Farmland turned to another partnering agreement in which Agris Corp., based in Atlanta, would supply the core business system to the local cooperatives. To link the Agris systems with Farmland's SAP system, Farmland turned to CrossWorlds Software. "We knew we needed more than an EDI solution. We liked the Corba compliancy [of CrossWorlds]," said Weaver.

The CrossWorlds Customer Interaction suite integrates applications from Aurum, Clarify Inc., San Jose, Calif., Scopus, Trilogy Software, Austin, Texas, and Vantive with Baan, PeopleSoft and SAP applications. The product consists of a series of collaborations, which contain cross-application business logic, and connectors that interface with an ERP application's APIs and act as agents for the collaborations.

"The concept of buying connectivity and having [CrossWorlds] maintain it seemed to be an economically attractive proposition versus doing it ourselves. We did a classic make versus buy analysis," said Weaver.

Since CrossWorld's "out of the box" integration did not include the Agris product, Farmland contracted with CrossWorlds to develop and maintain the connectors. Through knowledge transfer, Weaver expects to develop the competency to build more connectors themselves, as needed, using the CrossWorlds toolkit. However, he added, "our intention is not to do any of the work on the SAP side." By CrossWorlds taking on that responsibility, "it gets us out of a major piece of work."

Weaver said the firm's extended enterprise is a strategic initiative, so there is no pressure to make the technology work overnight. He also said that the organization hopes to launch its first business collaborations, administered using CrossWorlds technology, by 1999. Today, Farmland is currently getting its hands around the technology and determining the business processes that have to change. In addition, Farmland has some evangelizing to do: It must sell the local cooperatives on the idea of a collaborative relationship.

Weaver said some evangelizing was required in-house, too. "Our technical teams were skeptical of the CrossWorlds concept. We had a culture of building everything ourselves. But after looking at [CrossWorlds'] architecture and the way they were approaching the problem, they saw it had technical appeal."

Carlos Recalde, director of architecture and integration at KPMG Peat Marwick's national support center, Montvale, N.J., also faced skeptics when his group evaluated an integration solution from Vitria. The organization was in the process of replacing its legacy core business application for year 2000 compliancy. They chose Oracle Financials and project management, and PeopleSoft HR to replace Cobol systems. Their dilemma was interfacing those three new systems, as well as other applications that relied on that same information, such as sales and marketing, and contact management.

"The early approaches by separate development teams were to build custom interfaces to legacy applications for transition purposes, then build custom interfaces between the newer applications," said Recalde. "When I looked at it, it was a maze of custom interfaces. From a supportability perspective, and the ability to live with it over time, it was totally unmanageable. We wanted something separate from the fact that Oracle will have new releases, and that we'll change and add applications."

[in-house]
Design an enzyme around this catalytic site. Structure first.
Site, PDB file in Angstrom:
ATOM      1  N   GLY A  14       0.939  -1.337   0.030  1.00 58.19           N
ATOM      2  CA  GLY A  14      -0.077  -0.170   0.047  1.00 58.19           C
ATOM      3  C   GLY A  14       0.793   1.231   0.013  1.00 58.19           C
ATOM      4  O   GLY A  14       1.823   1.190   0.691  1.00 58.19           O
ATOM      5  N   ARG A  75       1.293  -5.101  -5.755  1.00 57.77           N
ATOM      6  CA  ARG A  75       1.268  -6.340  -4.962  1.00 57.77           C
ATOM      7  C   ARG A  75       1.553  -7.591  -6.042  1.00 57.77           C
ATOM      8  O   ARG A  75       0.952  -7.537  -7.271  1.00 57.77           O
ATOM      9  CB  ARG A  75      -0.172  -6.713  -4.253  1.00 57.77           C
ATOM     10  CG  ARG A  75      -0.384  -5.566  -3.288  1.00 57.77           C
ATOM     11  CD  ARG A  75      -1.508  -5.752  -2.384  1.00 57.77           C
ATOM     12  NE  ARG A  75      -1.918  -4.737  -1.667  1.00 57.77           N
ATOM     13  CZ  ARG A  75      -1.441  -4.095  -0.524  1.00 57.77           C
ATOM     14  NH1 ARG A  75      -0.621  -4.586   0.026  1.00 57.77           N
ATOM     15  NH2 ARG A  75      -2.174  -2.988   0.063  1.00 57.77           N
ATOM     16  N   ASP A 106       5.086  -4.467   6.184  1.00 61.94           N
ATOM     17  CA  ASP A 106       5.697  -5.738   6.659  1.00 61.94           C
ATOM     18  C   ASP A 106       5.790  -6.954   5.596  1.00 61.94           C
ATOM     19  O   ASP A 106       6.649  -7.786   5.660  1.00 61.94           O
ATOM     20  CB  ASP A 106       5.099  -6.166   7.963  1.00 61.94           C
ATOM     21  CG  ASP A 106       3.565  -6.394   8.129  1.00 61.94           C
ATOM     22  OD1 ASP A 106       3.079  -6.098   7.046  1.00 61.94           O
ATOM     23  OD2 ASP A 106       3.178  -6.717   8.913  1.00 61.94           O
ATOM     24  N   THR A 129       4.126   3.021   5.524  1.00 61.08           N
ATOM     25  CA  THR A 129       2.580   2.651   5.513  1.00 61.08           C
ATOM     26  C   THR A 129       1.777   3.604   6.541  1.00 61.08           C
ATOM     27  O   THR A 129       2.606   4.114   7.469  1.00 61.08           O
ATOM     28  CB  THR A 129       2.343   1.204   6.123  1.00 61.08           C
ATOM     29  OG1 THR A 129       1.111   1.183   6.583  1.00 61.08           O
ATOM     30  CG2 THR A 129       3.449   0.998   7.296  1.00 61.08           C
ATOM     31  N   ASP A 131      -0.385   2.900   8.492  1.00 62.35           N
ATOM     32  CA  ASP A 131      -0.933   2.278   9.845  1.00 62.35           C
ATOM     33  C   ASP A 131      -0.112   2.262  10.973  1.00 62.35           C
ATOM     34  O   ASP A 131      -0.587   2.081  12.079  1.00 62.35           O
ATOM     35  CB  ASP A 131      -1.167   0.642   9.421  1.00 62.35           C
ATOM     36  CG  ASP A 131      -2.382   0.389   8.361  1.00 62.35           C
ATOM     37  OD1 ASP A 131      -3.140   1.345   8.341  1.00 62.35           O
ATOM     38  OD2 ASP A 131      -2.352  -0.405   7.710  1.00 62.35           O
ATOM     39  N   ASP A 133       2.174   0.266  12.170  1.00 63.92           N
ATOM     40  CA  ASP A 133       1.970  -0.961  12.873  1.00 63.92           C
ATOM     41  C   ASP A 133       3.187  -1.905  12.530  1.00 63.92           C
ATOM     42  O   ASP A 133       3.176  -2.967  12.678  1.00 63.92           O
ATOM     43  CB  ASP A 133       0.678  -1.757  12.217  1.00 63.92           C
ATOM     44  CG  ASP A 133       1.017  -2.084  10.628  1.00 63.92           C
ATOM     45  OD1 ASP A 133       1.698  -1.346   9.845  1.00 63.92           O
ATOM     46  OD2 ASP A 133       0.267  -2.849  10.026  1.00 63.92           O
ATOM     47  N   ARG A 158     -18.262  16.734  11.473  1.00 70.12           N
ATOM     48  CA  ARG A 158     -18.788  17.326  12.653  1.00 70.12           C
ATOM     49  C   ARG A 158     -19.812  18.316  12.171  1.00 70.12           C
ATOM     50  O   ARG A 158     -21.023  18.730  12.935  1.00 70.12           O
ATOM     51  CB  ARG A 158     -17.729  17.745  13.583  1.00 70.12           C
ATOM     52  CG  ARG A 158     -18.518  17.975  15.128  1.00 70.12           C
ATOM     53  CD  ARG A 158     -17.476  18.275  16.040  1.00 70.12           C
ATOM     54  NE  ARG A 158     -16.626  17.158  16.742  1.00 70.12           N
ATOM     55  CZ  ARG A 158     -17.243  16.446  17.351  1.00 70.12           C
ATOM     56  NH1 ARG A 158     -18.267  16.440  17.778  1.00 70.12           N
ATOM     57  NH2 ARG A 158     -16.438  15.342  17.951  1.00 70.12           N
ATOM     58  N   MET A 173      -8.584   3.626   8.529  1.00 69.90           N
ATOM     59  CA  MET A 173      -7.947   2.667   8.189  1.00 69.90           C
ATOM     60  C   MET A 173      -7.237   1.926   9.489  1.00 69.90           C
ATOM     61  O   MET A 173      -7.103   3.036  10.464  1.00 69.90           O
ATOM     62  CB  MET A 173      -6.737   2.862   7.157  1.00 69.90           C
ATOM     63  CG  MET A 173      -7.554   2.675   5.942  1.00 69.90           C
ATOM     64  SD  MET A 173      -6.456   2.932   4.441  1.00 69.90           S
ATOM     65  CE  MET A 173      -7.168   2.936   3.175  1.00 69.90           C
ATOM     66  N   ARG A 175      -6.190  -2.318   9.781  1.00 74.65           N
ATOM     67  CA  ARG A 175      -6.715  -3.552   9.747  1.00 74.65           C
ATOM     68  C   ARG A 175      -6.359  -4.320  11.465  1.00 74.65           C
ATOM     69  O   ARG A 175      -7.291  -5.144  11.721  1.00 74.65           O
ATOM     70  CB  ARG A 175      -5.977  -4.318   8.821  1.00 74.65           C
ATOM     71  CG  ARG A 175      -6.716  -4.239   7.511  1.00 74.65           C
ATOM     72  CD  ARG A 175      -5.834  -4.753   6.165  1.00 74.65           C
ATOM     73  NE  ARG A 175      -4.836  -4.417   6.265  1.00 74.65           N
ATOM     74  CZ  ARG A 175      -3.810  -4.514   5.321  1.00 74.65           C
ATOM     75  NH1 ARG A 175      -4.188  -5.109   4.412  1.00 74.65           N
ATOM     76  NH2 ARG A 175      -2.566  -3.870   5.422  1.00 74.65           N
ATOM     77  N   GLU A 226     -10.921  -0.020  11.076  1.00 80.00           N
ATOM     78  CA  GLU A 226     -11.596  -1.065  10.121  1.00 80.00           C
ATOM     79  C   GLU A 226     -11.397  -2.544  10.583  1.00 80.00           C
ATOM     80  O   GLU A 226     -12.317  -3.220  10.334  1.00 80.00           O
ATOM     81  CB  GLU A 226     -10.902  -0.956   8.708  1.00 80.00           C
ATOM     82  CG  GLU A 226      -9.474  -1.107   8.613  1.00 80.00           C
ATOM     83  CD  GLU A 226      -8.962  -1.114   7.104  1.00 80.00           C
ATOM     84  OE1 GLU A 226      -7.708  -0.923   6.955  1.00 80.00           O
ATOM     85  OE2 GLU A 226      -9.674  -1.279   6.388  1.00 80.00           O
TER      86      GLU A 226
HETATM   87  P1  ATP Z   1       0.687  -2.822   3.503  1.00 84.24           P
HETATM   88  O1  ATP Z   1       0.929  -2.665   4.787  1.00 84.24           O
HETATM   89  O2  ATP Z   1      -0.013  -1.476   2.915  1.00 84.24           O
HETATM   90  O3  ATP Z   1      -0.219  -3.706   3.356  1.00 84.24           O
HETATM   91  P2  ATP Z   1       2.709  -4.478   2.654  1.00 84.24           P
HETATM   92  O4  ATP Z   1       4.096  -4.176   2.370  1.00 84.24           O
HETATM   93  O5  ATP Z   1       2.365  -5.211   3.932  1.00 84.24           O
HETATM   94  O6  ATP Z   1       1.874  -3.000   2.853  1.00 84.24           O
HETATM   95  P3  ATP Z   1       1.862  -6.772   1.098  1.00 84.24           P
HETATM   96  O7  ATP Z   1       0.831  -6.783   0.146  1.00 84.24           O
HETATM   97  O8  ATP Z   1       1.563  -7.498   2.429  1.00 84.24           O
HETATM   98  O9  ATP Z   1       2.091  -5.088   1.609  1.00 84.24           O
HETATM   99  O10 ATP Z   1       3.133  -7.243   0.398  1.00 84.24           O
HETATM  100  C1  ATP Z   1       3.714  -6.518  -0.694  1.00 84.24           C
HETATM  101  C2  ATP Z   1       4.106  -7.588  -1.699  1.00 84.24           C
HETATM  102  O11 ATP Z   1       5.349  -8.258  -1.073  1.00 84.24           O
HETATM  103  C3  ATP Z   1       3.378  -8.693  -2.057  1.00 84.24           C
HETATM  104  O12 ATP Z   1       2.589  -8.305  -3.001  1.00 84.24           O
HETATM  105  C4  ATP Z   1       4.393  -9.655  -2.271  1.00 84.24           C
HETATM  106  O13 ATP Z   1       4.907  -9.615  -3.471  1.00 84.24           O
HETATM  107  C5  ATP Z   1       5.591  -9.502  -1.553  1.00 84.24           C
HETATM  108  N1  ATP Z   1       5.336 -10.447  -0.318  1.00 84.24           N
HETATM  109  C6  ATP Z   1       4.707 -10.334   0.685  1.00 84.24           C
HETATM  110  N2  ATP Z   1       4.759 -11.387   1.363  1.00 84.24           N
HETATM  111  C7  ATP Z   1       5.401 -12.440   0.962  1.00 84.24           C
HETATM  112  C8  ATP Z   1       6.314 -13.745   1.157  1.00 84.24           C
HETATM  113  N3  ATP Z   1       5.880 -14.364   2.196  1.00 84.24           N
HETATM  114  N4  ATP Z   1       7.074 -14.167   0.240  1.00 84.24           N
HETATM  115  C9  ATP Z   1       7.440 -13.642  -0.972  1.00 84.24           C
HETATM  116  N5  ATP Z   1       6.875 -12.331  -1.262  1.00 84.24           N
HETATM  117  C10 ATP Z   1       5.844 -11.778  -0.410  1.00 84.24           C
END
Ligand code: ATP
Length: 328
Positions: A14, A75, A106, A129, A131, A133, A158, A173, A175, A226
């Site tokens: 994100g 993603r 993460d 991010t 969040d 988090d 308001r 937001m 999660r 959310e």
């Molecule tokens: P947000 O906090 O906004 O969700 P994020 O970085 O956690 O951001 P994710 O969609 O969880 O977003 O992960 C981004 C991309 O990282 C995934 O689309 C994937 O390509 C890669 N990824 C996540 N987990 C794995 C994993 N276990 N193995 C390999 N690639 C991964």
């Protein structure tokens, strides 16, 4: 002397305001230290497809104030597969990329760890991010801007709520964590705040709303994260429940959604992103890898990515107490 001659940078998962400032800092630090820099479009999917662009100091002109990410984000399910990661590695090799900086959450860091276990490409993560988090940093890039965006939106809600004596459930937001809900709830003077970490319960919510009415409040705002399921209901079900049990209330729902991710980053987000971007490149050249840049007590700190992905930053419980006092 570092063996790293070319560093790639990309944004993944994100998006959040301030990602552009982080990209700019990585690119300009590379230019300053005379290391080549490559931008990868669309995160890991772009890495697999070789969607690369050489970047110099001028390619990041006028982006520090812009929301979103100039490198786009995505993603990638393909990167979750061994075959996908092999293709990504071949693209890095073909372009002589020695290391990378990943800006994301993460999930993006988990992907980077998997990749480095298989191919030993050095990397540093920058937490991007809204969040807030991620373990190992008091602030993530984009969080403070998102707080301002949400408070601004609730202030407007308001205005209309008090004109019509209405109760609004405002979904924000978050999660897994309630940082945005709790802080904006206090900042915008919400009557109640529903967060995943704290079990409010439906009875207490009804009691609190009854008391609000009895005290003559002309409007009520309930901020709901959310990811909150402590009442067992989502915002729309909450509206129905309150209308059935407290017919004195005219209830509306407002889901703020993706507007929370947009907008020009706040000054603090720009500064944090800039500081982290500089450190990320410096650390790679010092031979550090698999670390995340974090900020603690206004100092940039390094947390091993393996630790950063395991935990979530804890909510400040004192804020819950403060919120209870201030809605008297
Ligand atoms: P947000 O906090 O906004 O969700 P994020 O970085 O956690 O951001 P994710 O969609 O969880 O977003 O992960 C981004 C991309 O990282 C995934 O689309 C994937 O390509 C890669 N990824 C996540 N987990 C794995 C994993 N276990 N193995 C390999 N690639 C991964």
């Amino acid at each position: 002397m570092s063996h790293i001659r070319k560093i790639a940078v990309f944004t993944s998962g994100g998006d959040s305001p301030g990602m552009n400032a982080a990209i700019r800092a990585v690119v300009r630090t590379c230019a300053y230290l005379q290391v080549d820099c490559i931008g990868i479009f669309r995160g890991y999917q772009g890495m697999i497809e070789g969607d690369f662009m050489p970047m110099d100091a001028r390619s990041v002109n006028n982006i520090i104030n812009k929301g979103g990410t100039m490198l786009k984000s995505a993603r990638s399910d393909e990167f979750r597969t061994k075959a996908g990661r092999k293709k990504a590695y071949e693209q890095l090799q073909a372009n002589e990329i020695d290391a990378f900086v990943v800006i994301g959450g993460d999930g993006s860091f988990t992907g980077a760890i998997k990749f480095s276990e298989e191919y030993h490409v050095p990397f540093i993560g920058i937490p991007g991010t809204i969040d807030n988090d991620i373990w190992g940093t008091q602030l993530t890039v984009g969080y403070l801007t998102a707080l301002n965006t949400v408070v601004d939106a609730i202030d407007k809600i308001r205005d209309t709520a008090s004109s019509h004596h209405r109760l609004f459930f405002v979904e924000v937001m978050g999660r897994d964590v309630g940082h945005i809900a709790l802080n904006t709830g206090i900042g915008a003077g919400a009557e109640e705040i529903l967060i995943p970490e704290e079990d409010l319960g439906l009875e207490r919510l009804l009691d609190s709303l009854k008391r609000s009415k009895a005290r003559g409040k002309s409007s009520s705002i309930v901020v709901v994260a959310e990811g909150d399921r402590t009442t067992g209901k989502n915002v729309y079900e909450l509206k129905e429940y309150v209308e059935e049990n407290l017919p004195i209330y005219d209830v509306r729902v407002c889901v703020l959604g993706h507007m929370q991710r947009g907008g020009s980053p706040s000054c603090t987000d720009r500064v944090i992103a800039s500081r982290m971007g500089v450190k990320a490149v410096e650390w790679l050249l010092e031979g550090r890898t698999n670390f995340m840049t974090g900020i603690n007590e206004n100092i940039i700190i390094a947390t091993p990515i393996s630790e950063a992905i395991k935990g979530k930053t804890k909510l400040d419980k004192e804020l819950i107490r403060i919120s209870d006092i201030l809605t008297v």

KPMG Peat Marwick came up with a concept that Recalde calls a "data bus." In theory, the data bus would be built in four stages. First, the engineers would build a message queuing system for interconnecting the applications; then business logic would be added on top of the messaging system, perhaps hard coded. Next object-oriented technology would be added to the business layer. Finally, intelligence for diagnosis and analysis of the information would be added.

The plan sounded great in theory, but it did not exist in the marketplace. KPMG Peat Marwick decided to bring in IBM's MQSeries middleware for phase one. Meanwhile, in-house developers, convinced of the need to custom build the integrations, were moving quickly toward their internal deadline for a demonstration.

Then Recalde called Vitria, which stepped up its ongoing development for PeopleSoft and Oracle connectors. During the first demonstration of the Vitria-enabled data bus to the wary developers, "we were showing them they could write business applications for us in their native languages, like Oracle or PeopleTools. This had the effect we wanted. They wanted to look under the cover. By Vitria's second presentation, they had a million questions, like 'How is it going to scale?'"

KPMG Peat Marwick pulled the plug on its plans for MQ, and decided to take a calculated risk on Vitria. "We're in scalability and performance testing now, and we're going through in-house training for using this publish/subscribe object-oriented approach," said Recalde.

Recalde said it would be difficult to take the product away from the developers now. In fact, as developers and business analysts get acquainted with this new breed of integration solution, they can envision more uses for it.

"With this technology, the more time you spend with it, the more things you find to do with it," said Richard Buss, vice president of technology at Disclosure Inc., Bethesda, Md., who is using the NeoNet integration solution from New Era of Networks. "The ideas for using these engines have outpaced our resources."

Neon and NetDynamics Inc., Menlo Park, Calif., recently agreed to integrate the NetDynamics 4.0 application server with the NeoNet Rules Engine, which separates business rules from applications. In another partnering agreement, Neon will be bundling IBM's MQSeries as NeoNet's core messaging system. While NeoNet had an internally developed messaging system, Robert Theis, senior vice president, chief marketing officer at Neon, said MQSeries is the de facto standard for messaging. "Current customers can continue to use the other version or upgrade, which will be seamless," he said.

Still, the technology segment has some maturing to do. Early users interviewed for this article say the toolkits need to become more robust, and the jury is still out on the technology's scalability, although everyone says it is promising. The success of the individual solutions will also depend in large part on how successful the vendors are in locking up partnerships with the leading application vendors and in gathering third-party support. As far as an integration
solution for custom applications, "that is still an untested part of the value proposition," said Aberdeen Group's Black.

In addition, many of the integration solution vendors are young and immature, so Black said a conscientious buyer must weigh value versus risk.

While putting the new technology through its paces during scalability and performance testing, KPMG Peat Marwick's Recalde offered this advice: Keep a proper sense of skepticism.